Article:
The 2021 Documentaries That Deserve a Spot on Your Watchlist

For when you're looking to be inspired, amazed, or a little creeped out.

billie eilish documentary 2021
Apple

The world of cinema is full of overused tropes: rom-com meet-cutes, those scenes where action heroes walk way too slowly away from a massive explosion, and, perhaps most tired of all, the idea that documentaries are only for dads and a very specific type of film student. That last one is simply not true, as anyone who's ever held their breath for all of Free Solo, sobbed happy tears at RBG, or felt galvanized by I Am Not Your Negro can surely attest. There's something to be said for the goosebump-inducing power of a documentary, whether it follows a revered musician or politician throughout the most influential period of their life, illustrates the impact of a particularly noteworthy event or institution, or recreates the horrors of a prolific serial killer. In short, documentaries are often more inspiring than the most tear-jerking "based on a true story" biopic, more informative than a period drama, and more terrifying than a fictional horror flick—because everything in them is completely real. Not convinced yet? Keep an eye out for these films—the best documentaries of 2021 that have been announced so far—and prepare to be amazed. (Docs debuting at the Sundance Film Festival can be viewed via one of the festival's many virtual ticket options, available here.)

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1 Night Stalker: The Hunt for a Serial Killer

Is there anything more terrifying than a serial killer with no identifiable M.O., meaning he's wholly unpredictable and can't be easily tracked by detectives? Didn't think so! This four-part docuseries will revisit Richard Ramirez's reign of terror across California in the mid-'80s, which included more than a dozen murders, plus a bevy of break-ins, robberies, carjackings, and sexual assaults.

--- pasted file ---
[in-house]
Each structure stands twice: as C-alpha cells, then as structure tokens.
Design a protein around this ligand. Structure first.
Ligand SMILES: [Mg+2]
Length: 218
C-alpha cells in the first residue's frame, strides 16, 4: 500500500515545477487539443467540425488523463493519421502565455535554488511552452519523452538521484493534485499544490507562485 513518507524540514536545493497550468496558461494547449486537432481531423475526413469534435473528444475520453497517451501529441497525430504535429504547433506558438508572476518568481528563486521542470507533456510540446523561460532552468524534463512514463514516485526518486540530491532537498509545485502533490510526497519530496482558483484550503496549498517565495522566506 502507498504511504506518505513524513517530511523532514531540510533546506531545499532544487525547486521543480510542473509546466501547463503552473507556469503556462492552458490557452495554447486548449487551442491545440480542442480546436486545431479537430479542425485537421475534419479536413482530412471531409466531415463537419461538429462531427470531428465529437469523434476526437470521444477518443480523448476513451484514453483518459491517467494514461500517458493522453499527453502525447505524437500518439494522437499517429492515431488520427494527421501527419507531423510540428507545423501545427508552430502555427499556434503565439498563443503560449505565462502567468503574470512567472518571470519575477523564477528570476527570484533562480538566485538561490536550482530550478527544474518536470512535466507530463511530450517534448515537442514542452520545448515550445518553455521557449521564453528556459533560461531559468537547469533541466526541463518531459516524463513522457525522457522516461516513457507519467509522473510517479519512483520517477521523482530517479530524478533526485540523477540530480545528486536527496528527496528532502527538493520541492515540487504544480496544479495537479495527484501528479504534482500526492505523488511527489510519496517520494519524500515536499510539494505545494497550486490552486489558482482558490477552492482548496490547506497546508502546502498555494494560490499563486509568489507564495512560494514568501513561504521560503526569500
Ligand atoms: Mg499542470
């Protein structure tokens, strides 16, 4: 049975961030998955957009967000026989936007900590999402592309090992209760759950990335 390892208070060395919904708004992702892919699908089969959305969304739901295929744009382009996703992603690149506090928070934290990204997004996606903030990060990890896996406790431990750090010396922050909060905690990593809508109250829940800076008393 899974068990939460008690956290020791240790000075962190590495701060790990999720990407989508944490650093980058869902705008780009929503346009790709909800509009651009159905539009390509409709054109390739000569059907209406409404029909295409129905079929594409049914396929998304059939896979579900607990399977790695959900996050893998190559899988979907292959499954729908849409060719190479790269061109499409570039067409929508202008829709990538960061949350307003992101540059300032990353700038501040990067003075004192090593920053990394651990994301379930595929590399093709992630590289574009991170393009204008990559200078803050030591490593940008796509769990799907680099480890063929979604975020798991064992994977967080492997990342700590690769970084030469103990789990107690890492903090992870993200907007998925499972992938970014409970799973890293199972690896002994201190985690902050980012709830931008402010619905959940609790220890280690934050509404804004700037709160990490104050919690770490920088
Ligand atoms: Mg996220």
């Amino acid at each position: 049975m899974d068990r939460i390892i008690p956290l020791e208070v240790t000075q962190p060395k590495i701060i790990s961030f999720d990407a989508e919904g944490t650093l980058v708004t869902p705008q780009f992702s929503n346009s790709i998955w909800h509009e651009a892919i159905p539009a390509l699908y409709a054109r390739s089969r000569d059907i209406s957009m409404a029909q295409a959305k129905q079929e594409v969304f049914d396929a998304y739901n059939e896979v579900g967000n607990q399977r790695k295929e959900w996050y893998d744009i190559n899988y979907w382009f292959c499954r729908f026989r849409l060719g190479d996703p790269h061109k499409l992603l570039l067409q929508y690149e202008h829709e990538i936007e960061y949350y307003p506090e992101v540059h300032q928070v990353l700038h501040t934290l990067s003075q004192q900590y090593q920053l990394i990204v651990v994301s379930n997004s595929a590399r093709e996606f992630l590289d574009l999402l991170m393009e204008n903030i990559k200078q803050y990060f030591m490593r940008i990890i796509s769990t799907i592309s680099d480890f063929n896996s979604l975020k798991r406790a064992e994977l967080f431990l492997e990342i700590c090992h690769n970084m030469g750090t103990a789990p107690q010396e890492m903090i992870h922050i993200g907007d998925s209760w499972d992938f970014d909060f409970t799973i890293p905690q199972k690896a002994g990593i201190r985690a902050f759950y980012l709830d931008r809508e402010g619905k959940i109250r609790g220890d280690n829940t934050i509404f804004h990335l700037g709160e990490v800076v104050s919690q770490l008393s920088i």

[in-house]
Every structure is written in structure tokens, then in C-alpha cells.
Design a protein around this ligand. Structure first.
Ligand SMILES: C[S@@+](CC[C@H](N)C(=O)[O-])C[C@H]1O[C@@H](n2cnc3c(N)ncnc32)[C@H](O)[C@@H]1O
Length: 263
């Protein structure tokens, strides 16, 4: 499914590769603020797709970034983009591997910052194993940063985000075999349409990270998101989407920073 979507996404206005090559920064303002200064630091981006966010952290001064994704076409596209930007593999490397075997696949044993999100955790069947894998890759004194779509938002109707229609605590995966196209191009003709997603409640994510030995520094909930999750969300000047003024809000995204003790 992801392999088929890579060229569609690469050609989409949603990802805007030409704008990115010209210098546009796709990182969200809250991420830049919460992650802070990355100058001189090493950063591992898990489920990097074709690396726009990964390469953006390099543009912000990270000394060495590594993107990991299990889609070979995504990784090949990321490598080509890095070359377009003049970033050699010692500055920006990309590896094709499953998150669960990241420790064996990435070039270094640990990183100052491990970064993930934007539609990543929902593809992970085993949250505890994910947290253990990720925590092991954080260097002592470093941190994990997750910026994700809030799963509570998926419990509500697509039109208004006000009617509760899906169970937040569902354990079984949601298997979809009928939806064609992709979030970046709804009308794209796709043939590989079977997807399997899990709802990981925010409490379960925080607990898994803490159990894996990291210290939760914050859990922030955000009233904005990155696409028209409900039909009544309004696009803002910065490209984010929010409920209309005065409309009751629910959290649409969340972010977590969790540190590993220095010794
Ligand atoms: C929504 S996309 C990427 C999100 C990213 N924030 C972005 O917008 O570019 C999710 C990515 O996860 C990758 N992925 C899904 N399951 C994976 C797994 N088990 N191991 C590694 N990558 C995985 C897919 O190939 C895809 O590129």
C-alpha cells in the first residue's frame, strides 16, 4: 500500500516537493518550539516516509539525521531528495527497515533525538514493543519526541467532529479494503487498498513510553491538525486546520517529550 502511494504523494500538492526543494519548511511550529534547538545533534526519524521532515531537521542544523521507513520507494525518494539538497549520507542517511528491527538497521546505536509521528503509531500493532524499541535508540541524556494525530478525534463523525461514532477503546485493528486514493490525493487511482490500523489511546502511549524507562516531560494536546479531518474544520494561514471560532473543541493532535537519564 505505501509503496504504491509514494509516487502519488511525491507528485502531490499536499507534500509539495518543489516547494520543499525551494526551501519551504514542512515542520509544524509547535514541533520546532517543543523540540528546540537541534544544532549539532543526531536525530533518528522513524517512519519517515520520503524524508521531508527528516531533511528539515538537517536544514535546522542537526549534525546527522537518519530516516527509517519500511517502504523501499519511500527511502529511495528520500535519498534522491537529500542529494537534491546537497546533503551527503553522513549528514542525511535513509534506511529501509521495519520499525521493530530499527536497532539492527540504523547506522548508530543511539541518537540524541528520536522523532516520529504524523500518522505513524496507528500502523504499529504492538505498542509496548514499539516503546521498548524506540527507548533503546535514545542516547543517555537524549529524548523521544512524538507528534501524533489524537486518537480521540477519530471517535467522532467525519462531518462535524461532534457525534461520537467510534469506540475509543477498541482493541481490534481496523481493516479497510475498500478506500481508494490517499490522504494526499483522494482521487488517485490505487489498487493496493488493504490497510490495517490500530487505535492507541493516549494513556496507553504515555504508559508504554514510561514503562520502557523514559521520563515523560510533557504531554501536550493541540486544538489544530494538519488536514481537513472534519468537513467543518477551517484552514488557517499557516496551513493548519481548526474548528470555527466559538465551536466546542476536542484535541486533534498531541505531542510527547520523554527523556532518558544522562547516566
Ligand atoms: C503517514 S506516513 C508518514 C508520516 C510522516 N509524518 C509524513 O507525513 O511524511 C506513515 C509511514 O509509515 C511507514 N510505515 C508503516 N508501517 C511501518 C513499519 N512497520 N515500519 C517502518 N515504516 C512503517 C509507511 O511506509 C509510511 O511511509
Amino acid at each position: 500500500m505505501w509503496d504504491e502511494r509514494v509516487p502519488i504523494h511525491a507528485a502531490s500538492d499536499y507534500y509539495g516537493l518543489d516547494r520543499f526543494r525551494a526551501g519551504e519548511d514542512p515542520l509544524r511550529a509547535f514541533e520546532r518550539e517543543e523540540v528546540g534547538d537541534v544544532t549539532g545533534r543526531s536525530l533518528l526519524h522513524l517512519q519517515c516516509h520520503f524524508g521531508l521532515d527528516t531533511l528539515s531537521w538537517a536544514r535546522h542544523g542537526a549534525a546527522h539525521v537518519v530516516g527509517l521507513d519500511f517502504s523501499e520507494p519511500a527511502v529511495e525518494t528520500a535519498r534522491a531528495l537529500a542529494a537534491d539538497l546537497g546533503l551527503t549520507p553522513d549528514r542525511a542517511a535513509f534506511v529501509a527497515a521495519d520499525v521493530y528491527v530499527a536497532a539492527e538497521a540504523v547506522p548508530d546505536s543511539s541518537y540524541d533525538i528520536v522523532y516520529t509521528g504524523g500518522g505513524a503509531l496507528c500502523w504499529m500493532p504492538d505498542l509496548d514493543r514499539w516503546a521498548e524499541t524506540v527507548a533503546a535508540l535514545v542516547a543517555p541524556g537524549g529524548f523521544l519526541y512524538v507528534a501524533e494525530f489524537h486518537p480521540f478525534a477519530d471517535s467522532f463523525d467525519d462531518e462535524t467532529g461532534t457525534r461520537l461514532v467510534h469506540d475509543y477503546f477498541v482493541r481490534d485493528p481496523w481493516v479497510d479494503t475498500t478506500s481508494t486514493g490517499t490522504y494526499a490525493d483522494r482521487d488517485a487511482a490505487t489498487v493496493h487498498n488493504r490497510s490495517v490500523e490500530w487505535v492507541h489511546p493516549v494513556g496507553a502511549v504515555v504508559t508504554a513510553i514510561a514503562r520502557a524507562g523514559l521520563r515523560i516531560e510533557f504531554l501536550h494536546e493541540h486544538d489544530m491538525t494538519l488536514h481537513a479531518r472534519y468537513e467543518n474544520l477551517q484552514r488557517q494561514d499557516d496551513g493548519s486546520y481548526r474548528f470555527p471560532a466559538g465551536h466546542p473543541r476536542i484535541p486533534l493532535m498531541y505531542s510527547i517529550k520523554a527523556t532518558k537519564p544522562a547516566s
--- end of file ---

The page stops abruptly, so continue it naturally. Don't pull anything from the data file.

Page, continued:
Premieres Jan. 13 on Netflix.

2 Summer of Soul (...Or, When the Revolution Could Not Be Televised)
summer of soul questlove documentary 2021
CBS Photo ArchiveGetty Images

This doc, Questlove's directorial debut, will tell the story of the Harlem Cultural Festival, which has long been overshadowed by another massive music festival that took place the same summer: Woodstock. "Black Woodstock" featured performances from Nina Simone, Stevie Wonder, B.B. King, and more, and the film will include footage of these performances and the festival as a whole that hasn't been seen in 50 years.

Premieres Jan. 28 at Sundance Film Festival.

3 Rita Moreno: Just a Girl Who Decided to Go for It
rita moreno documentary 2021
Amy SussmanGetty Images

If by "going for it" this documentary's makers mean "starring in 70 years' worth of movies and TV shows and earning an EGOT along the way," then yes, Rita Moreno is just a girl who decided to go for it. The doc will examine Moreno's illustrious life, from her early years in Puerto Rico to her rise to stardom. It's directed by Mariem Pérez Riera, with Lin-Manuel Miranda and Norman Lear among its executive producers.

Premieres Jan. 29 at Sundance Film Festival.

4 Rebel Hearts
rebel hearts documentary 2021
Ralph CraneGetty Images